To add to already limited options, the new owners of The Philippine Global School also run TPS.

To be fair to them, for both of its schools in Abu Dhabi, these are early days. But the children at these schools do not have any more time.

To understand the new owners’ capabilities, it is helpful to look at the Philippine School Dubai, the owners single established school.

Opened in 2008, the school has consistently managed only an “Acceptable” rating over its 5 years. An “Acceptable” rating in Dubai is the lowest possible rating awarded by KHDA Inspectors before a school is placed in special measures. In its last report Dubai Inspectors noted:

“The premises and learning environment were unsatisfactory in many cases. Too many rooms were small and overcrowded. Learning environments were often uninteresting and inappropriate for the subjects being learned, which impacted on the progress students were able to make in their learning. The quality and range of resources for effective teaching and learning remained unsatisfactory. Many teachers made their own teaching resources and many students brought resources from home. The school was significantly under-resourced in many subjects in all three phases of the school.”

As it stands, whilst it is early days, it actually makes little difference what our view is of The Philippine Global School [PGS]. Parents of its children, and prospective parents of children seeking a Philippine education simply have no choice.

As it stands, all roads lead to an unsatisfactory education for parents of children committed to a Philippine education in Abu Dhabi.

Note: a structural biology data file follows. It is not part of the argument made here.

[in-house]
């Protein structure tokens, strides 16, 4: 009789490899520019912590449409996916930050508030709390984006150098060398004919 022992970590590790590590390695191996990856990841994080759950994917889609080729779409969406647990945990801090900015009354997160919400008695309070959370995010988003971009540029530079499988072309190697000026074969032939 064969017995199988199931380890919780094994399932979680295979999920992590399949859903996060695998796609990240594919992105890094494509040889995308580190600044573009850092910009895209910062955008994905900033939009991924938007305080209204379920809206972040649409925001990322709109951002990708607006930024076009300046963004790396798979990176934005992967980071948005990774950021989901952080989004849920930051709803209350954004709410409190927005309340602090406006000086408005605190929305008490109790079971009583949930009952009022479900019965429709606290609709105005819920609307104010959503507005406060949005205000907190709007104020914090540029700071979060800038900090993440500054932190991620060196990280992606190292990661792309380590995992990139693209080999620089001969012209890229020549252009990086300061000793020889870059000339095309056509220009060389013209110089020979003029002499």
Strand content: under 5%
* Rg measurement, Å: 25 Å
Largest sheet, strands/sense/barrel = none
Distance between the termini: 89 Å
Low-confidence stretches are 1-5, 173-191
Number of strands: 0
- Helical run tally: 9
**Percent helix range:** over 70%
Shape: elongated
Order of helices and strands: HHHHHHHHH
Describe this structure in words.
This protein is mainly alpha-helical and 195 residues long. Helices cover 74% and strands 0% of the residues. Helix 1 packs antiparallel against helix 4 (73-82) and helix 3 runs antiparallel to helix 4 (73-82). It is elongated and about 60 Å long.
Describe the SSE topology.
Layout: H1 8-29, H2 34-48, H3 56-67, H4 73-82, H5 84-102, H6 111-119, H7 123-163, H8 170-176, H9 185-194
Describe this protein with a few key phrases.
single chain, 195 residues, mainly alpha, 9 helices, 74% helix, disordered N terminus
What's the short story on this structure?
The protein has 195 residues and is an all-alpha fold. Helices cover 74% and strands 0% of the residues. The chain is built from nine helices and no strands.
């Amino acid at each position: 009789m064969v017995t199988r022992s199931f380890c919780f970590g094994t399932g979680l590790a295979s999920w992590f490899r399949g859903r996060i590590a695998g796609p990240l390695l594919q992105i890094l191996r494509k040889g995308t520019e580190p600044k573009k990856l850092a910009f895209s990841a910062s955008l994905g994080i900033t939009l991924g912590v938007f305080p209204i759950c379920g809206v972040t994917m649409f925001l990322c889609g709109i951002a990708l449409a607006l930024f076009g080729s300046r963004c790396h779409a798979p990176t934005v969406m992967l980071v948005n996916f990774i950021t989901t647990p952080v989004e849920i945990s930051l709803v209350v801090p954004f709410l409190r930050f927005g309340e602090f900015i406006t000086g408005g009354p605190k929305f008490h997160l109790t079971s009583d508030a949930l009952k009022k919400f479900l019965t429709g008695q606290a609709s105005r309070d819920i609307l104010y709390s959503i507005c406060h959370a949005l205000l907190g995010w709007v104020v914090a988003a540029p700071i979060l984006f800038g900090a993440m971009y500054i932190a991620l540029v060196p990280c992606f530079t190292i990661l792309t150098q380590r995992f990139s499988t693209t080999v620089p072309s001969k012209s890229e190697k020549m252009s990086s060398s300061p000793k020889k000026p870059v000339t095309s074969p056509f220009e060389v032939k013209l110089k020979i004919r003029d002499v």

In this case parents face an option offering desperately under-resourced schooling in a building operating at over 250% of its maximum capacity and requiring demolition.

One potential option is for the Philippine Embassy to make an intervention and work with ADEC. ADEC has proven itself very open to assisting governments. No better example is found than with the German International School in Abu Dhabi here.

Until this, or some other solution is found, we find ourselves in the very uncomfortable and depressing position of not being able to recommend a school, any school, but knowing that prospective parents will count themselves very lucky if they can even secure a place.

Prospective parents should note that whilst we have provided only limited scoring data given new ownership, the school’s buildings and facilities are not currently able to support a satisfactory level of education for children and the school cannot be recommended.

Go to the FULL REVIEW on

Details to consider
Type of school

Private, for profit

Full WSA Review
Average Cost Per Year

FS1: 4,000
FS2: 4,000
YEAR 1: 4,900
YEAR 2: 4,900
YEAR 3: 4,900
YEAR 4: 5,200
YEAR 5: 5,200